Leah's first single, for Edd Morris' Strange label, 'Broken Blossom' (she only had the A-side) was not a hit in early 1973.
Though it was impossible to tell from 'Love Bug', Leah saw herself as an old style torch singer.
Though it was impossible to tell from 'Love Bug', Leah saw herself as an old style torch singer. In 1973 she said, “I like to inflame an audience and completely envelop them. I like to stir up an audience emotionally. There’s one number I do, 'What Now My Love'. I feel it so intensely that I could cry in parts. Even though it’s just an act, you still feel it.”
She first auditioned, unsuccessfully, for Studio One in 1972. Success came the following year when her demo for 'Love Bug' made the finals. Alan Galbraith then supervised its recording in the EMI studios.
At the time Leah and the children sang to the nation, a black and white television set dominated the living rooms of 85 percent of New Zealand households, with nearly 750,000 sets licensed. TV transmissions were barely a decade old.
Launched in 1968, Studio One was already a TV perennial, a descendant of the original Have a Shot talent show format. These song contests under TV’s bright lights played a vital role in unearthing new talent: Dinah Lee and Ray Columbus both made their debut on Christchurch show Time Out for Talent in the early 1960s.
The New Faces segment was for newcomers, the place where the careers of Split Enz, Shona Laing and Space Waltz were launched. Year after year, budding artists fought it out for the $750 prize (about $9000 in today’s money): about 400 entries would be pared down to 15. The “Song of the Year” section drew many as 1,500 entries per year.
TV’s effect on record sales was significant. In 1974, the New Zealand Listener claimed that Studio One songs had sold more than 250,000 records locally since 1968. An annual anthology of hits from the show was certainly a big seller; the 1972 Studio One album was said to have sold 50,000 copies.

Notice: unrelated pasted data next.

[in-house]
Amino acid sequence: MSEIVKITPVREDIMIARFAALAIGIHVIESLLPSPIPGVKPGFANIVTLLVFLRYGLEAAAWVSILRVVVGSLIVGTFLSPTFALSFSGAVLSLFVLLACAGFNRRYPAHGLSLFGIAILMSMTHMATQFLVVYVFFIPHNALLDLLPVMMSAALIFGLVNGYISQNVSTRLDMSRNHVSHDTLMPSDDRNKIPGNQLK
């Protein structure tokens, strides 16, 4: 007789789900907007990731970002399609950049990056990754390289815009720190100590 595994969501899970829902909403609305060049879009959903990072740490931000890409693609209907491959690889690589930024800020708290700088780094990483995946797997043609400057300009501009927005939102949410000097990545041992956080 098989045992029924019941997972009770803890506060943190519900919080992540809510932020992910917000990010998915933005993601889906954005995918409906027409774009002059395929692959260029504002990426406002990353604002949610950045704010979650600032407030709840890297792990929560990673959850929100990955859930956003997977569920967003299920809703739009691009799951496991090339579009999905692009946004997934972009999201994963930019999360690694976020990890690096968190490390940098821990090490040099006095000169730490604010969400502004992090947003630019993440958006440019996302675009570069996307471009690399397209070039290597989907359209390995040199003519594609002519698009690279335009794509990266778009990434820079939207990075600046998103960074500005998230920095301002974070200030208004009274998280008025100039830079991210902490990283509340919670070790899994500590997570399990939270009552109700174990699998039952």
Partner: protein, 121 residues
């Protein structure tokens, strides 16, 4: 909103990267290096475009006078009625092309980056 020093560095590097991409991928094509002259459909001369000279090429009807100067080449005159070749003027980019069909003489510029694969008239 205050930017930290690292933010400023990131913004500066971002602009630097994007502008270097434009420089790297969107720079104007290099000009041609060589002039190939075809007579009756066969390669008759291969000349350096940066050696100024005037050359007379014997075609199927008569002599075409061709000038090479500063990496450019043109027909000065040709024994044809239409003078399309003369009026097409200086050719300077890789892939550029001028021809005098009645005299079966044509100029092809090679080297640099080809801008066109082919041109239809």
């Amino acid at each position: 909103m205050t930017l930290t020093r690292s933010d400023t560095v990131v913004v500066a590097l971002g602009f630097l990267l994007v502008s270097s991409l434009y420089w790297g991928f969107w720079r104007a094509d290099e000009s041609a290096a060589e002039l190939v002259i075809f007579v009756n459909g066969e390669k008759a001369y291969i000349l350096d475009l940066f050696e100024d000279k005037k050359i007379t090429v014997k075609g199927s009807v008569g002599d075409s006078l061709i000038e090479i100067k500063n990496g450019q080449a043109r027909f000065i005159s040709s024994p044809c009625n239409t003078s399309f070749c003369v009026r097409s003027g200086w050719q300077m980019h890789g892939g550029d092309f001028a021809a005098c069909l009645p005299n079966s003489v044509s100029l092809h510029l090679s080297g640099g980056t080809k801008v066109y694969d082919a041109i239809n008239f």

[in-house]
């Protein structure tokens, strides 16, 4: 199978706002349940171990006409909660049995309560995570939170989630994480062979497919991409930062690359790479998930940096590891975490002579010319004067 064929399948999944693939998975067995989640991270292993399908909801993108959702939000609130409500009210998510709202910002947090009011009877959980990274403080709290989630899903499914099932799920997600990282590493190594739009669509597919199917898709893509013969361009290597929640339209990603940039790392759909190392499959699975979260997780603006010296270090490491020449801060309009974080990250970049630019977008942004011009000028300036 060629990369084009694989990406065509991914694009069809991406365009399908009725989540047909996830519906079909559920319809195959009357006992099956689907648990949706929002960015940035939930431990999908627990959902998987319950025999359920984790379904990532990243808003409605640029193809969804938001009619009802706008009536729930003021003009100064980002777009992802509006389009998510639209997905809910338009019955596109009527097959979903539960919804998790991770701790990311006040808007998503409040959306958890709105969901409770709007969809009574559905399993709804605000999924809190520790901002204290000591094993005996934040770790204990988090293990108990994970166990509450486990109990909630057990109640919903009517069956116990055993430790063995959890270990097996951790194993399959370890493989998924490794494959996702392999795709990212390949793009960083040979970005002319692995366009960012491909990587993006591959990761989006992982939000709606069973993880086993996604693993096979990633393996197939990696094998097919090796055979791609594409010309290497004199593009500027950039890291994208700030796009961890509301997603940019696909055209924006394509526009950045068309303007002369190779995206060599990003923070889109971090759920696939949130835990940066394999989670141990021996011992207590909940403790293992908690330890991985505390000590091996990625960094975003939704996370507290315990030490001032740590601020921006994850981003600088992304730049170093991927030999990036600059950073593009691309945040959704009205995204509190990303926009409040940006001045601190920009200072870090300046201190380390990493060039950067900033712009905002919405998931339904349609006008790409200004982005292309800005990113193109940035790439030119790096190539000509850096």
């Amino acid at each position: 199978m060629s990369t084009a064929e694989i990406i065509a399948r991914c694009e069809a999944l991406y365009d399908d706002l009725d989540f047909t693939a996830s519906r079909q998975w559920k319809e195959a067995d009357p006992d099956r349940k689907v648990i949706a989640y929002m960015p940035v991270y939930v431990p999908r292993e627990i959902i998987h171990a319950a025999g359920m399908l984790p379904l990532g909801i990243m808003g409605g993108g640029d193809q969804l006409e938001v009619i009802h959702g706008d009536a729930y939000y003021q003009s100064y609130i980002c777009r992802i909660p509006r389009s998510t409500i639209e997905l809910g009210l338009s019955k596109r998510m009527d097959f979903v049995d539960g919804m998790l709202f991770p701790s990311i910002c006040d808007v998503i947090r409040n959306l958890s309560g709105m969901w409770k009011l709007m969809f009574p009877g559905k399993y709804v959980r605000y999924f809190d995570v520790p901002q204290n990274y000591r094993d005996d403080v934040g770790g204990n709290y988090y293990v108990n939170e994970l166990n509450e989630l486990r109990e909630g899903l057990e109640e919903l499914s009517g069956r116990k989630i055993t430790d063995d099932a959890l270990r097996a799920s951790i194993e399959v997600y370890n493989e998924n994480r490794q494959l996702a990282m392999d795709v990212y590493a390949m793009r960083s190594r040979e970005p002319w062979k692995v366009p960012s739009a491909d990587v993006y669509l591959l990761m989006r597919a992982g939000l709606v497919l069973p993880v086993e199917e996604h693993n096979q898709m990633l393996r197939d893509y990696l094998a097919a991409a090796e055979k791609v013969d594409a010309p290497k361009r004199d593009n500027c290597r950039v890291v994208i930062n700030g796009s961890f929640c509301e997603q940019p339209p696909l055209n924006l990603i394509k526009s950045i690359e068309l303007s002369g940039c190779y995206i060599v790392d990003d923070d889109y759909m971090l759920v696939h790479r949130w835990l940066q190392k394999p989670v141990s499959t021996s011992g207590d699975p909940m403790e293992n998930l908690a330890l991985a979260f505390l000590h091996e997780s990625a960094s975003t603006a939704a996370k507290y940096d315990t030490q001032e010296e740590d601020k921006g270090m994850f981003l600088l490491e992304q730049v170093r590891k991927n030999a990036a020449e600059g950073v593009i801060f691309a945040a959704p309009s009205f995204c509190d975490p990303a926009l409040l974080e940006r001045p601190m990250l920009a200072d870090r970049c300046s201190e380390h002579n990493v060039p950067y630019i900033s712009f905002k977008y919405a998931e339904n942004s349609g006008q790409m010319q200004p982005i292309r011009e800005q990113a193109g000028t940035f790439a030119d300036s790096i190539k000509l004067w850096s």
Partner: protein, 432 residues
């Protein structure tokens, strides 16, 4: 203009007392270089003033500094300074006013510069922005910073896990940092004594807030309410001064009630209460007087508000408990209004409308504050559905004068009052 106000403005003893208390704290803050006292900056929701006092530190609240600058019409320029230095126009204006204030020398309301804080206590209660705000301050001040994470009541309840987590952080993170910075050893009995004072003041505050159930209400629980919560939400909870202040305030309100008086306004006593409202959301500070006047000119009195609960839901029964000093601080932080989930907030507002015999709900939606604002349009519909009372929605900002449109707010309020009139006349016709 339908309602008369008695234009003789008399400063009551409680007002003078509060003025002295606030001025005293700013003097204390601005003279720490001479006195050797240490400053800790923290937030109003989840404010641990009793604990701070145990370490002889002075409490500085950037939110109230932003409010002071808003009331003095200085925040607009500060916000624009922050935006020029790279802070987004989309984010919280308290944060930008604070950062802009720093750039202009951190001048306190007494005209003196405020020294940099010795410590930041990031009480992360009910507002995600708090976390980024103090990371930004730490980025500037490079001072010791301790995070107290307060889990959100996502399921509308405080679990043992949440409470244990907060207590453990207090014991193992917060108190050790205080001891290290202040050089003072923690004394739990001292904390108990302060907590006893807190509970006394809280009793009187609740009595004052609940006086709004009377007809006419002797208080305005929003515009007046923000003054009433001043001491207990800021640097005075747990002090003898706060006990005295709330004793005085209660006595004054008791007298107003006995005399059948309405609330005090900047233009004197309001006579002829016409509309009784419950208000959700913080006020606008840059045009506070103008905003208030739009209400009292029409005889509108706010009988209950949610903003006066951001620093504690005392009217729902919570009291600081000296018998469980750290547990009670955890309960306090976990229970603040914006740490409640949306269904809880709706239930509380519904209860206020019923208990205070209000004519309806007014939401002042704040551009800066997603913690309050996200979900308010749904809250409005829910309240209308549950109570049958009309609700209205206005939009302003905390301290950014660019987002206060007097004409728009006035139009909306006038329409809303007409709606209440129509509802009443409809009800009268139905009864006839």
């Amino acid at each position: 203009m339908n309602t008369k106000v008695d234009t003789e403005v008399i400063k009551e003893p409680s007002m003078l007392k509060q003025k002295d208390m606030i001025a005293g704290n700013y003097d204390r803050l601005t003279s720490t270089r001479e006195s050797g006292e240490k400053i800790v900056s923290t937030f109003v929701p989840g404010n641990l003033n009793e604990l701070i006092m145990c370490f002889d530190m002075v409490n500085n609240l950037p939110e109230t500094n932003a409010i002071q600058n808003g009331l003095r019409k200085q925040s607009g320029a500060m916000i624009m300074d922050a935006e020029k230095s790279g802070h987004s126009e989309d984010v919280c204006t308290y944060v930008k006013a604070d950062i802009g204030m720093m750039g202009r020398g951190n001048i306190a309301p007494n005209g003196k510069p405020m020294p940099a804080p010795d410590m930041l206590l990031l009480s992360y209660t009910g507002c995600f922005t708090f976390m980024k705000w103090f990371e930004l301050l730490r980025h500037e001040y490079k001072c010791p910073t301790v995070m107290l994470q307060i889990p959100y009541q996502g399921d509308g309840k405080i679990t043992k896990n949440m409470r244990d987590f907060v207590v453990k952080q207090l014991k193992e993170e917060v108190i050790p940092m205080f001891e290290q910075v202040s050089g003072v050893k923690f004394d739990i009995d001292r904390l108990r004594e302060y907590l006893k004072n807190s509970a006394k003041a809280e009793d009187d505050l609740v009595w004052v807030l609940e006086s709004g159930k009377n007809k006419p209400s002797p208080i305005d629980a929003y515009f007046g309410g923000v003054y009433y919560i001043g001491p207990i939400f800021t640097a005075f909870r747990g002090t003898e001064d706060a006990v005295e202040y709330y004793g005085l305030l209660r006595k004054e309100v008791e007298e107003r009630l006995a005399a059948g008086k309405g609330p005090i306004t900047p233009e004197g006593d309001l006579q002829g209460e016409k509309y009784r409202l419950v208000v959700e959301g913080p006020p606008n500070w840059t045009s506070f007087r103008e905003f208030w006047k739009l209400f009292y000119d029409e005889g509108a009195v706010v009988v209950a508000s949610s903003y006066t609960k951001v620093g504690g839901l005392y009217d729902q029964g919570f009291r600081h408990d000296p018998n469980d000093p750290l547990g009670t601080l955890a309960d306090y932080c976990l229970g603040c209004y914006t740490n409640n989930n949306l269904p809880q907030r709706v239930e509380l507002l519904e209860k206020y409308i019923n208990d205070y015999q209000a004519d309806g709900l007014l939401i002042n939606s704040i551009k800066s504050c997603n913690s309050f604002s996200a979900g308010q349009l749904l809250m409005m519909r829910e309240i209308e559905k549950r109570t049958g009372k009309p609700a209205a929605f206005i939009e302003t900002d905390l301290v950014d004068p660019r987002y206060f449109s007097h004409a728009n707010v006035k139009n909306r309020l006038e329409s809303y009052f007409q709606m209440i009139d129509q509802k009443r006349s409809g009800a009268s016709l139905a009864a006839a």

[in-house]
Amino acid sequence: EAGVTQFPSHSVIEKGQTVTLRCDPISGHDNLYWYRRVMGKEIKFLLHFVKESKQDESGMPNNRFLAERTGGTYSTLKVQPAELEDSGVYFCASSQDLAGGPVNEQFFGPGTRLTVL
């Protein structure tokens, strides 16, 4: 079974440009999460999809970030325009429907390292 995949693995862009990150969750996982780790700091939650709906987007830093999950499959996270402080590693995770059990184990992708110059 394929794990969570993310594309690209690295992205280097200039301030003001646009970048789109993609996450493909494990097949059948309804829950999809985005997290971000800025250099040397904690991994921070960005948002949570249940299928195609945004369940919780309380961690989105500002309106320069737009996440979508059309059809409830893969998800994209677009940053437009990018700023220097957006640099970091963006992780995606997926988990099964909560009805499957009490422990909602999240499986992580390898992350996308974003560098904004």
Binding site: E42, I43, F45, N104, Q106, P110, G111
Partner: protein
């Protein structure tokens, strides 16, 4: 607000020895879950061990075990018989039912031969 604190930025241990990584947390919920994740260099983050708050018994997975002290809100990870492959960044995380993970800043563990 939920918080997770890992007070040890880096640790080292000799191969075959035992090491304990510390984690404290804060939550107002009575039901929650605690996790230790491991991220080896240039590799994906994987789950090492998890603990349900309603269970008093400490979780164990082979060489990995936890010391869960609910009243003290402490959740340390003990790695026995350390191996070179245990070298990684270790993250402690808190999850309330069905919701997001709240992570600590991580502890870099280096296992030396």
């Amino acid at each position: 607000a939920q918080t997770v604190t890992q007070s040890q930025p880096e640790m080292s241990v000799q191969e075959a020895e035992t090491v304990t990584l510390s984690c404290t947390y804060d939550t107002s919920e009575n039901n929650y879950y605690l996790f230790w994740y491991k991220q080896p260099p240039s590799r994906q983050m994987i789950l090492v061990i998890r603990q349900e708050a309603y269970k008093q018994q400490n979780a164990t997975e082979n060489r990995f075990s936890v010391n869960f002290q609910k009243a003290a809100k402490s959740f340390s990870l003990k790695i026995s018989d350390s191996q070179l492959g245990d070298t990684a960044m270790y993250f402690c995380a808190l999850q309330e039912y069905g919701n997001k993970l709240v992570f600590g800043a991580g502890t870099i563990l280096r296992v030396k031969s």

In the end, 'Love Bug' only made third equal in the 1973 Studio One finals, tying with Steve Gilpin’s 'Knowing'.
But 'Love Bug' had legs. It proved a runaway hit for EMI in 1973, reaching No.3 on the charts and helping Leah scoop two prizes in that year’s RATA (Recorded Arts Talent Awards) awards: Top Female Vocal Performer and Best NZ Recorded Composition.
Leah would struggle to match the song’s success. Several EMI singles followed but neither received much airplay. In 1975, she released an original song, 'Wahine', about the 1968 maritime disaster, reaching No.16 on the charts.
EMI released two more singles in 1976, together with an album entitled Reborn. But Leah’s knack for light entertainment that made 'Love Bug' burn so bright in 1973 had failed her; the records bombed.
In the late 1970s, she moved to Australia, reportedly ending up in the town of Lockhart in the rural heartland of New South Wales, and performing again. Going by comments on the YouTube clip of 'Love Bug', locals still remember the Anna Leah Band with great fondness.